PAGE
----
government of laws, not of the caprice of the vice president or president. And 
in condoning torture they are, demonstrably, outlaws.

    The Defense Rests Not

The president's performance yesterday reflects the time-honored adage that the 
best defense is an aggressive offense - and especially with a mere two months 
before the midterm elections. Bush devoted fully half of his speech to 
cops-and-robbers examples, none of them persuasive - indeed, several of them 
grossly inaccurate - of how "tough" interrogation techniques have yielded 
information preventing all manner of catastrophes.

But someone in the White House apparently forgot to tell the Army, for Army Lt. 
Gen. John Kimmons, head of Army intelligence, spoke from a very different script
at a Pentagon briefing yesterday. Kimmons explained why the new Army manual for 
interrogation is in sync with Geneva. Conceding past "transgressions and 
mistakes," the general said:

    No good intelligence is going to come from abusive
    practices. I think history tells us that. I think the
    empirical evidence of the last five years, hard years, tells
    us that.

Grabbing recent headlines today is the fact that Bush actually admitted that the
CIA has taken high-value captives to prisons abroad for interrogation using 
"tough" techniques. More telling are the facts that (1) CIA interrogators are 
not bound by the strictures in the new army field manual, and (2) the president 
is determined to maintain in place detention centers where CIA interrogators can
ply their trade with more permissive guidelines.

The president brags about how his government "changed its policies," giving 
intelligence personnel "the tools they need" to fight terrorists, and makes it 
clear that the CIA was given permission to use "an alternative set of 
procedures." He said he could not describe the specific methods used, "But I can
say the procedures were tough." Bush went on to recount how several plots were 
stopped, allegedly "because of the information from this vital program." The 
alumni of this school of hard knocks are now on their way to Guantanamo, but 
Bush made it clear that he wanted to keep the schools open for freshmen and 
transfer students.

Acknowledging that other terrorists are waiting in line to take the place of 
captured leaders, the president made it clear that he wants the "CIA program" 
for interrogating advanced placement terrorists to continue. Bush conceded that,
after the Hamdan decision, "some believe" that intelligence personnel "could now
be at risk of prosecution under the War Crimes Act - simply for doing their jobs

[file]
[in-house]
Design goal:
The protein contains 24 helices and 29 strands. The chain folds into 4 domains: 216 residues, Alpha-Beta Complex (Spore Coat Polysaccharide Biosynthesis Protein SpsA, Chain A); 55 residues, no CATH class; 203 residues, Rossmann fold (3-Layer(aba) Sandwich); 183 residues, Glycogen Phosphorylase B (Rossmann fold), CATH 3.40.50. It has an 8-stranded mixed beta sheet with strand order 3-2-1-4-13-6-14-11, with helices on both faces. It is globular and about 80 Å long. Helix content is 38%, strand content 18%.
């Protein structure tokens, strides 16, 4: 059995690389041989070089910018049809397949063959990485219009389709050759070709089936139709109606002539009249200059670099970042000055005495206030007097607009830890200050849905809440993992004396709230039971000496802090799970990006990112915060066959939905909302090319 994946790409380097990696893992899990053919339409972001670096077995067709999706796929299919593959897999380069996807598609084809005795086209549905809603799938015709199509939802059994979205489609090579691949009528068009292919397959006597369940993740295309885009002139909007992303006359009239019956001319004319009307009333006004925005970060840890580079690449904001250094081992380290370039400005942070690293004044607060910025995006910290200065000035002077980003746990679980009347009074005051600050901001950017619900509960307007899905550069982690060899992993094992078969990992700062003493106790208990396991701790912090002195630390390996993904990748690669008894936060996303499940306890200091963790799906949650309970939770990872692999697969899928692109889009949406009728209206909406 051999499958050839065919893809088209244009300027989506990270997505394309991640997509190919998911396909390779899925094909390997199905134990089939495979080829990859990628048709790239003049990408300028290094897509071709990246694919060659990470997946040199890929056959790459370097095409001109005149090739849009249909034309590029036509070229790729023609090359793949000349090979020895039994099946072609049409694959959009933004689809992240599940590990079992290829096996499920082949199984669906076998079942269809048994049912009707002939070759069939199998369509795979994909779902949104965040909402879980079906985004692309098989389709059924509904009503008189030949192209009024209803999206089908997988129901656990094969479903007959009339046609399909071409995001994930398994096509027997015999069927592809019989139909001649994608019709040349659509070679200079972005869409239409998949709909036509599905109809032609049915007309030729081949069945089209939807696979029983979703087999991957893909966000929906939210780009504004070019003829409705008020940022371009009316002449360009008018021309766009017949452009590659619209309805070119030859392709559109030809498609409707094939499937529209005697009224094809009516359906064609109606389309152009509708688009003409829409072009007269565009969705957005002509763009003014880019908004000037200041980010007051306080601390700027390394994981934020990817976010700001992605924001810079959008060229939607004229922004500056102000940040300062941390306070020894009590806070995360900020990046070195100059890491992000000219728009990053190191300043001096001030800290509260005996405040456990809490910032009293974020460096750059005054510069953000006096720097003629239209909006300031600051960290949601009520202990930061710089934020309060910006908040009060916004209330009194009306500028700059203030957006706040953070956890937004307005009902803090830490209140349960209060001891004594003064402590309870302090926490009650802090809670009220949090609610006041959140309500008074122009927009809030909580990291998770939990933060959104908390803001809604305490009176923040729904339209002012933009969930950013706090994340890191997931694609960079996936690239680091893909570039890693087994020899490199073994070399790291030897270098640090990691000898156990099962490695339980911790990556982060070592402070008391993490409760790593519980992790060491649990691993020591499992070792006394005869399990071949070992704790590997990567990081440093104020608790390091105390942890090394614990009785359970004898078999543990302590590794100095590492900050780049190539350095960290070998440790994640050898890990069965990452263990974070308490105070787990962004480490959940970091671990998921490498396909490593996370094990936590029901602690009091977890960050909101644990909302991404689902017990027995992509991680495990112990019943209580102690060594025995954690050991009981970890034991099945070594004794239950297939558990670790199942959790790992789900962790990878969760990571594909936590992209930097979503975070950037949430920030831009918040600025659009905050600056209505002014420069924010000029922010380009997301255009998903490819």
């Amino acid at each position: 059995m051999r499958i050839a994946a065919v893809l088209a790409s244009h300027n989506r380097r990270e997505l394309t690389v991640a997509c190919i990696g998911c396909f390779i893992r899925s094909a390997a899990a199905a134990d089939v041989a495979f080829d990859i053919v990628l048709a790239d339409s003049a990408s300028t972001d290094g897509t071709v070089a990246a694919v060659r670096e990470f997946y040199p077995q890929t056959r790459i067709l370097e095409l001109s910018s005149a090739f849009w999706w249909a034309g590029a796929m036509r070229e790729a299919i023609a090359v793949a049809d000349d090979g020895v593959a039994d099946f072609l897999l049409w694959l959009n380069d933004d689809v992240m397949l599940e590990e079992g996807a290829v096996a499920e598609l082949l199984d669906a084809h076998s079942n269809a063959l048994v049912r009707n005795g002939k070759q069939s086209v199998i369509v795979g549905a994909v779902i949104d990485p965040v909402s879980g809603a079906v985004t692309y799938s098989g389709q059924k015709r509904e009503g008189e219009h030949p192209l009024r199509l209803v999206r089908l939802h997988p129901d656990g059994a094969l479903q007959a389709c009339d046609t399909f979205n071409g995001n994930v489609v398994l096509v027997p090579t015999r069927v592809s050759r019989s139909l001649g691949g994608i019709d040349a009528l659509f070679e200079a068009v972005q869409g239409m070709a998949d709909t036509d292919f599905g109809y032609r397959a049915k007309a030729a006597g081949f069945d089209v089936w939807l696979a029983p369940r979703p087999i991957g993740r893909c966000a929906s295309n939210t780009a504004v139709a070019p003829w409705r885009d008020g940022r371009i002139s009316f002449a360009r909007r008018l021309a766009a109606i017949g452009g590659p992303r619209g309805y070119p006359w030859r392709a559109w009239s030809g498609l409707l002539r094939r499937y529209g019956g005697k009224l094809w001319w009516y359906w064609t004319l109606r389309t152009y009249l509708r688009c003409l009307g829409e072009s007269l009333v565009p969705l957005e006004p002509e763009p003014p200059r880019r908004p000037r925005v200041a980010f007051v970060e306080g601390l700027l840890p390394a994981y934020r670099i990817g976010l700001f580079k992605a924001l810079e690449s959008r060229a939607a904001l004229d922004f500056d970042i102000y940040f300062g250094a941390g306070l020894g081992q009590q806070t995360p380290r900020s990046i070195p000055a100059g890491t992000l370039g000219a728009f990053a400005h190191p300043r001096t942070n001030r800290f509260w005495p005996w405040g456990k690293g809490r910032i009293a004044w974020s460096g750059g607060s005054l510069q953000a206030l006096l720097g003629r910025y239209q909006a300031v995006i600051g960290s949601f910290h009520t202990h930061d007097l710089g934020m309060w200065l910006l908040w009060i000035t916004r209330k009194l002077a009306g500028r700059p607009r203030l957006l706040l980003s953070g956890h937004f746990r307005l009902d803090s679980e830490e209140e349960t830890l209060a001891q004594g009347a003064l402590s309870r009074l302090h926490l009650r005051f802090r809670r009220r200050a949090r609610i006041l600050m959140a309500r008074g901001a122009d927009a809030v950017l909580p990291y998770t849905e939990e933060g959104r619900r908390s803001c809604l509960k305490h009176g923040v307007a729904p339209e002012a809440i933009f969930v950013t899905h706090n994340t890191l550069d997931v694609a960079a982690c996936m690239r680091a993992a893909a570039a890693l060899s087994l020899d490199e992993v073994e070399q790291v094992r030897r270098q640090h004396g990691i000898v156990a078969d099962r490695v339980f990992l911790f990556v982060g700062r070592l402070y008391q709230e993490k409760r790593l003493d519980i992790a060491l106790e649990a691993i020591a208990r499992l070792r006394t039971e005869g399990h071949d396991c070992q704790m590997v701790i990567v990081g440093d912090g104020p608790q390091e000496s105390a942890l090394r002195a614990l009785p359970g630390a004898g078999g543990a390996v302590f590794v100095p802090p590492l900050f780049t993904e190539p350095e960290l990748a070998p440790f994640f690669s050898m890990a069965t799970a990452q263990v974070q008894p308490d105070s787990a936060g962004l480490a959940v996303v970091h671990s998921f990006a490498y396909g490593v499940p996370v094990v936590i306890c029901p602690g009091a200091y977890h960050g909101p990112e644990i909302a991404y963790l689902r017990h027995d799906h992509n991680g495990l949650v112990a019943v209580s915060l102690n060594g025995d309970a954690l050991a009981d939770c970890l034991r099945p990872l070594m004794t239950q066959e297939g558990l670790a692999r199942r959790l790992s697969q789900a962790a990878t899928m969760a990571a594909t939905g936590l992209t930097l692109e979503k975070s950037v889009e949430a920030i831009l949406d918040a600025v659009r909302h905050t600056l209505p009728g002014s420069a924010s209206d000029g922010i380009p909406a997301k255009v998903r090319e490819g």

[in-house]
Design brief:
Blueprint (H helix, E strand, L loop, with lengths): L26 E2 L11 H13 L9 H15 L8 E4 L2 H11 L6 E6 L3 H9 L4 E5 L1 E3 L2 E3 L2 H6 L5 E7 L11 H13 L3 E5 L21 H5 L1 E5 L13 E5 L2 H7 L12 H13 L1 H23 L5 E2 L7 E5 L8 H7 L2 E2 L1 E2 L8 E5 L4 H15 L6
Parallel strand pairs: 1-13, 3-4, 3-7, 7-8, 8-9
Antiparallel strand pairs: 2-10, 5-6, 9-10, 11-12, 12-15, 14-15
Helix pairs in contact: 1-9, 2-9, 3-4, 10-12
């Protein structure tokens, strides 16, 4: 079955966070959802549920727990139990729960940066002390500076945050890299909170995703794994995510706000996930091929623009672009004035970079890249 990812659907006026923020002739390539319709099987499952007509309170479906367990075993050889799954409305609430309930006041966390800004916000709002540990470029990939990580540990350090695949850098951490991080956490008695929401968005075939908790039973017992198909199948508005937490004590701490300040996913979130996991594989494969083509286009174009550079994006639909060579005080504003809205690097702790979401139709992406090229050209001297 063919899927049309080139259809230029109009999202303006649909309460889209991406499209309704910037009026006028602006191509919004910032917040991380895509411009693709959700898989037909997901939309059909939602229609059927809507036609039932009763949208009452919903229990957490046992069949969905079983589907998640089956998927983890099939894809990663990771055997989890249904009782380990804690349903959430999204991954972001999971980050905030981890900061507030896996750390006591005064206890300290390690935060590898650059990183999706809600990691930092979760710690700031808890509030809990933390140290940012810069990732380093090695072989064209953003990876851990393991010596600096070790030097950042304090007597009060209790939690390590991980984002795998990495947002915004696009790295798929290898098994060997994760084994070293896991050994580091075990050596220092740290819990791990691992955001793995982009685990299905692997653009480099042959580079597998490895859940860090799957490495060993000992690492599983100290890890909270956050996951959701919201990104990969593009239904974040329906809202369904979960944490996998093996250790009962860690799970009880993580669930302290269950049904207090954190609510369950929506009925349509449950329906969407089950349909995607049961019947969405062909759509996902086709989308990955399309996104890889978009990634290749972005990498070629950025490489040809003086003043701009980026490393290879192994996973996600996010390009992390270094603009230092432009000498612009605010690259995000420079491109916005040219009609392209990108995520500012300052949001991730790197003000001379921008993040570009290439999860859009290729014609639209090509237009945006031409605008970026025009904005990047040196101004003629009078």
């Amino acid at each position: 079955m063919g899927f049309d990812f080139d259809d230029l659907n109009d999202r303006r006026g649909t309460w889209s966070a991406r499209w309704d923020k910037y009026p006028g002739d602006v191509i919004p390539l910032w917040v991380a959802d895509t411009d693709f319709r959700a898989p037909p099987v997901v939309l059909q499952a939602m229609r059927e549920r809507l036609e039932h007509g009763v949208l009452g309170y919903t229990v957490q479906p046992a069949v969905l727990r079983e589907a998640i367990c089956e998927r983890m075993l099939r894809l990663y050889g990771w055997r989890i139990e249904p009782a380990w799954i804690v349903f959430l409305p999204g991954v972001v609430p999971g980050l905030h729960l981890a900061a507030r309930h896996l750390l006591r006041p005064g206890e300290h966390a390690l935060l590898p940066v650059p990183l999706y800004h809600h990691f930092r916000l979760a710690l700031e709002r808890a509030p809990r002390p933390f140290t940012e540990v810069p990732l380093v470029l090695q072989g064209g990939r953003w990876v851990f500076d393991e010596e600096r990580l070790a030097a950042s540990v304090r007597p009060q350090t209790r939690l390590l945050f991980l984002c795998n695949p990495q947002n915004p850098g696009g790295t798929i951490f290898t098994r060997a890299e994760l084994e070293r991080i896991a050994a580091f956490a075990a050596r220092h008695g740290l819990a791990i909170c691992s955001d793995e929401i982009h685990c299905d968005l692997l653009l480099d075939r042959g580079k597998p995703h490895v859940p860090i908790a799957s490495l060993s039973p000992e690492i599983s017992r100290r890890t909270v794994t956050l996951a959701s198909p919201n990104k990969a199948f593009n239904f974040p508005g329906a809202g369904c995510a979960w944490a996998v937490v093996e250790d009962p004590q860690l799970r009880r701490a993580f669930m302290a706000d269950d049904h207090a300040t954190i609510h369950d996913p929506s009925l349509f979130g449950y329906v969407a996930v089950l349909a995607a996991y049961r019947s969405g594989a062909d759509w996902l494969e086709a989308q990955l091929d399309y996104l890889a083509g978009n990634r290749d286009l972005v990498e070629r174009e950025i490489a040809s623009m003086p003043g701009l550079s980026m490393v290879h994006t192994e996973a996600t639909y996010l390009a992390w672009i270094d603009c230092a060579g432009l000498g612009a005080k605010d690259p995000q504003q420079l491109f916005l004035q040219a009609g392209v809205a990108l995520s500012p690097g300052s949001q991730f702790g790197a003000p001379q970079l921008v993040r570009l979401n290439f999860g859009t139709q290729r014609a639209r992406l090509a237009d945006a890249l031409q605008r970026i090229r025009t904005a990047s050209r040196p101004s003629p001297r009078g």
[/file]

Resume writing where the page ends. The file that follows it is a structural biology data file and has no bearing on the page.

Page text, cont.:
in a thorough and professional way." Thus, he is asking Congress to pass 
legislation squaring the circle, so that even while using "alternative" 
procedures, CIA personnel can be said to be in compliance with common Article 3 
of Geneva. (The not-so-hidden threat, of course, is the virtual certainty that 
any member of Congress opposing this kind of legerdemain will be branded soft on
terrorism in the weeks leading up to the November election.)

In a telling twist, the retroactive nature of this legislation, which the 
president said "ought to be the top priority," would immunize from subsequent 
prosecution Bush himself, as well as intelligence practitioners of "alternative 
procedures." It takes no lawyer to see how the legislation Bush proposes would 
complicate any effort to charge him under the US War Crimes Act in effect when 
he authorized torture and other abuse.

And so the stage is set, and Bush's advisers see still more opportunity to 
highlight "national security" issues on which they hope to put Democrats on the 
defensive. The president can now be expected to focus more on playing up the 
importance of being able to eavesdrop on Americans without the court warrant 
required by law. This practice has been ruled unconstitutional and illegal by 
Judge Anna Diggs Taylor in Detroit on the grounds that it violates the Fourth 
Amendment and the Foreign Intelligence Surveillance Act. But, speaking in 
Atlanta yesterday, the president reiterated that his administration "strongly 
disagrees" with Taylor's ruling and hopes to reverse it on appeal. Still more 
grist for the political mill.

The White House has been putting pressure on Senate Judiciary Committee chair 
Arlen Specter (R-Pa.), who initially called the warrantless eavesdropping 
activity extralegal and vowed to put it under close scrutiny. Specter has now 
come full circle, drafting legislation that would hold harmless the president 
and others involved in that program - again, retroactively. Hard to tell what 
changed Specter's mind. Not to be ruled out is the possibility that NSA coughed 
up some juicy detail on his political or even personal life - and that the 
administration used the kind of "alternative procedure" employed so successfully
by former FBI director J. Edgar Hoover. It is worth remembering that it was 
precisely this kind of illegal activity that the FISA law was designed to stop.


Is there no one to hold our leaders to account? The Bush Crimes Commission, a 
grass-roots citizens' initiative determined not to follow the example of the 
obedient, passive Germans of the thirties, has taken testimony on torture and 
other key issues to establish whether President Bush is guilty of war crimes. 
Testimony was given in October 2005 and January 2006, indictments have been 
brought and served on the White House, and the judges will issue their verdict 
on Wednesday, September 13 in Washington (See http://bushcommission.org.) (Full 
disclosure: I was privileged to have been invited to take part in the 
proceedings of the Bush Crimes Commission.) Join us next week.


Ray McGovern works with Tell the Word, the publishing arm of the ecumenical 
Church of the Saviour. He was an Army infantry/intelligence officer, then a CIA 
analyst for 27 years, and is now on the Steering Group of Veteran Intelligence 
Professionals for Sanity (VIPS).

    This article first appeared on TomPaine.com.